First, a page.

SMB security fears for cloud data storage - and how to overcome them

By Special Guest
Fran´┐Żois Amigorena
  |  September 29, 2020



The cloud has benefited organizations for many years now. But despite all the benefits it brings, suspicion is still present. According to a recent study, 61% of small- to medium-sized businesses (SMBs) believe their organisation’s data is unsafe in the cloud. They believe it is not safe to trust a third party with their corporate data.

It is hard to prevent leaving employees from stealing data

Stopping employees who are leaving your company from stealing sensitive data before they go is a difficult task for security teams.

When the data is stored on-premise, it’s much easier to detect and stop someone who is trying to steal sensitive files for the simple reason that the data is stored on the physical desktop computer.

On the contrary, when the data is stored in the cloud, it becomes much easier for leaving employees to steal files before they leave. The data can be accessed from anywhere in the world, using any device, making it harder for IT teams to stop it.

It is hard to spot unauthorized access

Detecting unauthorized access to sensitive data is one of the biggest cloud security fears today.

When data is stored on on-premise file servers, there is a natural barrier to unauthorized access which is the need to be physically present in the office to access the files. Even in organizations where employees and third-party partners use VPNs, access can be restricted to specific devices only so the data remains relatively secure.

On the other hand, cloud storage increases the chance of unauthorized access — which causes major security concerns. Without the right access controls in place, if an employee’s login credentials were to be compromised, an attacker could, in theory, have access to sensitive files and folders from anywhere in the world using any device.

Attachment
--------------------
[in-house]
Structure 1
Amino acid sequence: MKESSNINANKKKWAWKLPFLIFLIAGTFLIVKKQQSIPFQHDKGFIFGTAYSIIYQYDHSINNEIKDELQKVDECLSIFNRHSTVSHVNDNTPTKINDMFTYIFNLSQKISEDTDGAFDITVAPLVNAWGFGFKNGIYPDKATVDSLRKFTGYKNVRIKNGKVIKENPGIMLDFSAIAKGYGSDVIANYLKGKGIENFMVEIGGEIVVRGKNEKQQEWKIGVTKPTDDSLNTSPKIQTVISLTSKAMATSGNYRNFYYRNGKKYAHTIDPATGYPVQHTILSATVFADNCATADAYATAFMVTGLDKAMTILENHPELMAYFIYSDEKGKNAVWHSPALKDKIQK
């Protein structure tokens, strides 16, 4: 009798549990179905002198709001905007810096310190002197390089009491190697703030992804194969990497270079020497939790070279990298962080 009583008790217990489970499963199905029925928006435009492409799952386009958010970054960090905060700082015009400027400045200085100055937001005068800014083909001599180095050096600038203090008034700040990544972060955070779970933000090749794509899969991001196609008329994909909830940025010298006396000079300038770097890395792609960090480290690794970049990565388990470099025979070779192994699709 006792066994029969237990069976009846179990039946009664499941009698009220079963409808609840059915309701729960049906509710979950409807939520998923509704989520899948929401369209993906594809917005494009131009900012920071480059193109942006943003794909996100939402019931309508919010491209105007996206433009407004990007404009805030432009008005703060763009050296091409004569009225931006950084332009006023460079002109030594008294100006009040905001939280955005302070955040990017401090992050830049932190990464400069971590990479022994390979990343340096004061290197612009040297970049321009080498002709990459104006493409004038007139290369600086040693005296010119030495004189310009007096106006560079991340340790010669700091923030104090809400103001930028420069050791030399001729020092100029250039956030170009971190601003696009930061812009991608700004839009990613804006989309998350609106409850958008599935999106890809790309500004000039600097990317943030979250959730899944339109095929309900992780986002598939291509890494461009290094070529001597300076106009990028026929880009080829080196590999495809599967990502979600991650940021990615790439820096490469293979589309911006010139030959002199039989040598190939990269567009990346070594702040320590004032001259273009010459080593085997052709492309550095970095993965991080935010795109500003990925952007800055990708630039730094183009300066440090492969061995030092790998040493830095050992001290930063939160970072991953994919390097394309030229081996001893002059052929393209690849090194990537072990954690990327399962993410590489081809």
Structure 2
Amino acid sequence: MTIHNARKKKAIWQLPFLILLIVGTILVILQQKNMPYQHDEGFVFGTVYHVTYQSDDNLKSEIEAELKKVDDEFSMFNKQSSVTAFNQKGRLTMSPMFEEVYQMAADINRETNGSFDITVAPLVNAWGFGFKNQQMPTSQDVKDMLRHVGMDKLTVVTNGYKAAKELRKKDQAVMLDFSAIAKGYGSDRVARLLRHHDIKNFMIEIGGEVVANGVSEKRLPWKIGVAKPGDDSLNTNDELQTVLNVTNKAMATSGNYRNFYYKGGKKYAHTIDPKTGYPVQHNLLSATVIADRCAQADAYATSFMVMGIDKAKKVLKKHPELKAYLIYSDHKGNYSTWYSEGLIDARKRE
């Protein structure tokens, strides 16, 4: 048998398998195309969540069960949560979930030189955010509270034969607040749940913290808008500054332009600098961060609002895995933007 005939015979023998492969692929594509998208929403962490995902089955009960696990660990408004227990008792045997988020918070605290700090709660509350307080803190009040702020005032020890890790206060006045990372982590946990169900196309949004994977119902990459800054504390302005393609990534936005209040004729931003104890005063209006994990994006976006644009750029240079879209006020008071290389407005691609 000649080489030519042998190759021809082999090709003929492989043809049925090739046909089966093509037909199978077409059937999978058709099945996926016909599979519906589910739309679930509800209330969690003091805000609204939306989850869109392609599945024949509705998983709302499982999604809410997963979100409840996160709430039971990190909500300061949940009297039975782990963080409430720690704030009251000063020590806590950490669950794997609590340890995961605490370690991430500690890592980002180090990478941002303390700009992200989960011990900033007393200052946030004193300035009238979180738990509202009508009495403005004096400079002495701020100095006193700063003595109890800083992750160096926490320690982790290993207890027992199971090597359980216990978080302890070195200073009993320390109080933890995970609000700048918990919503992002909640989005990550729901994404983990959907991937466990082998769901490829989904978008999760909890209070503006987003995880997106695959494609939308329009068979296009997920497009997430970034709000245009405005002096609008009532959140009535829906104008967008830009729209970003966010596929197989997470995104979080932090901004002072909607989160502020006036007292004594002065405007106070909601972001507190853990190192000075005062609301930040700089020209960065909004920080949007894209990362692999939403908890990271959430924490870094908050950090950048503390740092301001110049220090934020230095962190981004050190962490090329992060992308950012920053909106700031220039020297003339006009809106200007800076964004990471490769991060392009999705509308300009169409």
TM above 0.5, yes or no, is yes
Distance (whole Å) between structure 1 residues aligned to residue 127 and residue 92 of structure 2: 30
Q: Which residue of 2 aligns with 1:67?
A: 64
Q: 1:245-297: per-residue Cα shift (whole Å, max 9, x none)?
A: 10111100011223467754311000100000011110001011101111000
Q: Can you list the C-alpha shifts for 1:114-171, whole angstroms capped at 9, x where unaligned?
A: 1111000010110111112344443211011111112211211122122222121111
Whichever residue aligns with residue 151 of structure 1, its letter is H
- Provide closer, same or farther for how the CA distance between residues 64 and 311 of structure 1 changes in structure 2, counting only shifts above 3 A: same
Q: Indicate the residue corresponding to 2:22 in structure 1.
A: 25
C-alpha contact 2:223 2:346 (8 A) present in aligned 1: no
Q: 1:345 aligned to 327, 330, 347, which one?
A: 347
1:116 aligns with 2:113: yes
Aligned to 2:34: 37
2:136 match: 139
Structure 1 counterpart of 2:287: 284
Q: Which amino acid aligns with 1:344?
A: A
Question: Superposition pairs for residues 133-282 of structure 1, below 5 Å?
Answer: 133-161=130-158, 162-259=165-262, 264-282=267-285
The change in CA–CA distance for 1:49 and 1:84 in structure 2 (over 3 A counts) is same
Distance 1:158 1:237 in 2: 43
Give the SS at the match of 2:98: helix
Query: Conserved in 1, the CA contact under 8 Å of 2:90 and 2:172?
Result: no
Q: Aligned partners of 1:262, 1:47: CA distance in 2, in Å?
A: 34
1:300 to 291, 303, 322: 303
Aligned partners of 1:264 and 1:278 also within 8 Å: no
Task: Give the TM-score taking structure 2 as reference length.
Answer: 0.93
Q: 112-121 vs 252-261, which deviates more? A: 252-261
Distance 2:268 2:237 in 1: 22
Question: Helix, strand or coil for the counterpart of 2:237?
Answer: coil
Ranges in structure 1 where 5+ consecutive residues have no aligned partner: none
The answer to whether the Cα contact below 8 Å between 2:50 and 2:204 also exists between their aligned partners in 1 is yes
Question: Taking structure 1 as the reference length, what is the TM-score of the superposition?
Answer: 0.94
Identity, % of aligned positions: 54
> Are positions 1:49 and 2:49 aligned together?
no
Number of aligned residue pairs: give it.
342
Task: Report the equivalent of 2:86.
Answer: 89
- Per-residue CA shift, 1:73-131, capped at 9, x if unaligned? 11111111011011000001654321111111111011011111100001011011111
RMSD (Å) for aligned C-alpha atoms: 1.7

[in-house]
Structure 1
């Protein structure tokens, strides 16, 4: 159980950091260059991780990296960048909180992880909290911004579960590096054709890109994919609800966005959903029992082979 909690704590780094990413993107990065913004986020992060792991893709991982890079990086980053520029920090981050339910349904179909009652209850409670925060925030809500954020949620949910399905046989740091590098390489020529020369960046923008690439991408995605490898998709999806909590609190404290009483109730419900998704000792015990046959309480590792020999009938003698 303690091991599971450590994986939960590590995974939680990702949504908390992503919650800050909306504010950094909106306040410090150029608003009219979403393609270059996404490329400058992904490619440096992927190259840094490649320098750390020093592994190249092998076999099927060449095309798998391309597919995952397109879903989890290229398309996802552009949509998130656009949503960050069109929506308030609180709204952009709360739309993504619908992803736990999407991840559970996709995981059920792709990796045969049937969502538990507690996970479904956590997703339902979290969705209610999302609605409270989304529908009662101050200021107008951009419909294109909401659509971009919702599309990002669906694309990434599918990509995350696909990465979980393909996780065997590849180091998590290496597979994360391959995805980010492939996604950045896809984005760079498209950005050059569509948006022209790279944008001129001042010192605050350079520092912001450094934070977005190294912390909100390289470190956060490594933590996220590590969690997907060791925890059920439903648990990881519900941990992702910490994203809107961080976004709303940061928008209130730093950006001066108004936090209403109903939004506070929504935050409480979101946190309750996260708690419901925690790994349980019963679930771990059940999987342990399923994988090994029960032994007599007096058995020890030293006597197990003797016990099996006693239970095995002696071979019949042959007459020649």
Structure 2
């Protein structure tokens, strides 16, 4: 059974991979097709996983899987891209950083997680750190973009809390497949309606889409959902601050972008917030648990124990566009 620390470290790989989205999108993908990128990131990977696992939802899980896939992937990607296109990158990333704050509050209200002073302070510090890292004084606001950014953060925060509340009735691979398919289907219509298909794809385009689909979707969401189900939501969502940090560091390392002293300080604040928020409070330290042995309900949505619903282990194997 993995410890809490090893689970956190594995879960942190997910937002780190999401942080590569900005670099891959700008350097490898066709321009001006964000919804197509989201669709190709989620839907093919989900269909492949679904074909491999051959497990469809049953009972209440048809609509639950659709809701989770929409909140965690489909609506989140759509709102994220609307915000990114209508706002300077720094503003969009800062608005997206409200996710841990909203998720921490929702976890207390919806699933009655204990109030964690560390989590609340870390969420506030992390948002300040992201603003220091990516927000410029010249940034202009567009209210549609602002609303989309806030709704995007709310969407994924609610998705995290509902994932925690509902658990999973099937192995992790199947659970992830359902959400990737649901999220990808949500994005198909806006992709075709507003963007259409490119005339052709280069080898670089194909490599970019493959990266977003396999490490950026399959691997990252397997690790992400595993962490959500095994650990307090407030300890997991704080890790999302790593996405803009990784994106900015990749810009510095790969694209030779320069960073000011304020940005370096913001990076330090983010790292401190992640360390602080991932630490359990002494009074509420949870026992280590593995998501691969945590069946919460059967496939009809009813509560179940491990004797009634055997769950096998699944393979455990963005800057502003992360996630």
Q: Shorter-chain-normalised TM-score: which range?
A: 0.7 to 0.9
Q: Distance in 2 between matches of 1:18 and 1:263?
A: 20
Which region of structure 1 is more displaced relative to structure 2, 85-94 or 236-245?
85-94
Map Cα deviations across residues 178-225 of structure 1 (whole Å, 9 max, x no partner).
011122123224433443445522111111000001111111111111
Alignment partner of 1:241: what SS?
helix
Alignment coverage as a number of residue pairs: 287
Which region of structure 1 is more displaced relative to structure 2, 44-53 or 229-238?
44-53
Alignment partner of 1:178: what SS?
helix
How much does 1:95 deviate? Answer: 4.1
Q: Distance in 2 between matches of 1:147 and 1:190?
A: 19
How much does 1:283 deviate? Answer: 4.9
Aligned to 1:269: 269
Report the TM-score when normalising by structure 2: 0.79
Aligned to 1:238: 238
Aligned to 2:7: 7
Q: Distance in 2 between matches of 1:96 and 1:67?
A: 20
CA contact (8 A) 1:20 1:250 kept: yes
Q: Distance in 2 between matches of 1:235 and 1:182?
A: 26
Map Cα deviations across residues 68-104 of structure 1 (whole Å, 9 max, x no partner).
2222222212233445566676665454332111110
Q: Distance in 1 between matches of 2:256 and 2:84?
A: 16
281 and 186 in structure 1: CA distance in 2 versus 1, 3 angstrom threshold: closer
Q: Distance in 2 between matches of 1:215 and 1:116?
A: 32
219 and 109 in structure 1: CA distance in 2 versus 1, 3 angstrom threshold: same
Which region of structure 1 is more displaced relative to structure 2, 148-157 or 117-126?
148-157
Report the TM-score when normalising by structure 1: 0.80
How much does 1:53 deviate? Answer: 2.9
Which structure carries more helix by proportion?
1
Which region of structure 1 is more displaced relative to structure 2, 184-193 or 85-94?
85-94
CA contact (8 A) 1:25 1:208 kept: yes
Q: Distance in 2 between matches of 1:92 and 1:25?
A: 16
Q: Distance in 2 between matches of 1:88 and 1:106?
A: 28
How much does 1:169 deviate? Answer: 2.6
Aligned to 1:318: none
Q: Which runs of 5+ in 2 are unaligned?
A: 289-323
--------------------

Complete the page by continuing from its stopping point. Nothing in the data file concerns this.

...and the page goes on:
21% of SMBs said they keep their most sensitive data stored on on-premises infrastructure because they don’t trust its security in the cloud.

It is hard to manage complex hybrid storage environments

This issue is linked to the first two — and complex hybrid environments make the other two concerns much worse.

Having a hybrid storage environments — a mix of cloud storage providers and a mix of on-premises servers — is very common these days. Many organizations use this approach because it is beneficial in terms of productivity. However, it is also very challenging to manage the security of the data stored across multiple environments.

56% of SMBs say that it’s difficult managing the security of data living in hybrid infrastructures.

Security is managed differently by each cloud provider. And, if you want to detect malicious behavior and stop data theft, you need to actively monitor access to each platform on an ongoing basis.

How to overcome those fears?

You need to find a way to protect your data (whether in the cloud or on a mixture of on-premise and cloud). The best way to do so is to invest in technology. You need to be able to proactively track, audit and report on all access to files and folders, and alert IT teams on suspicious file activity the moment it occurs.

You can put a solution in place that gives you a consistent and unique view of the security of your data across all your storage servers (whether on-premises or on a third-party cloud system). Then, if someone other than an authorized employee attempts to access your data, you’ll be the first to know about it and therefore, you’ll be able to react quickly.

About the Author

François Amigorena is the founder and CEO of IS Decisions, and an expert commentator on cybersecurity issues. 

IS Decisions is a provider of infrastructure and security management software solutions for Microsoft (News - Alert) Windows and Active Directory. The company offers solutions for user-access control, file auditing, server and desktop reporting, and remote installations.

 Its customers include the FBI, the US Air Force, the United Nations and Barclays — each of which rely on IS Decisions to prevent security breaches; ensure compliance with major regulations; such as SOX and FISMA; quickly respond to IT emergencies; and save time and money for the IT department.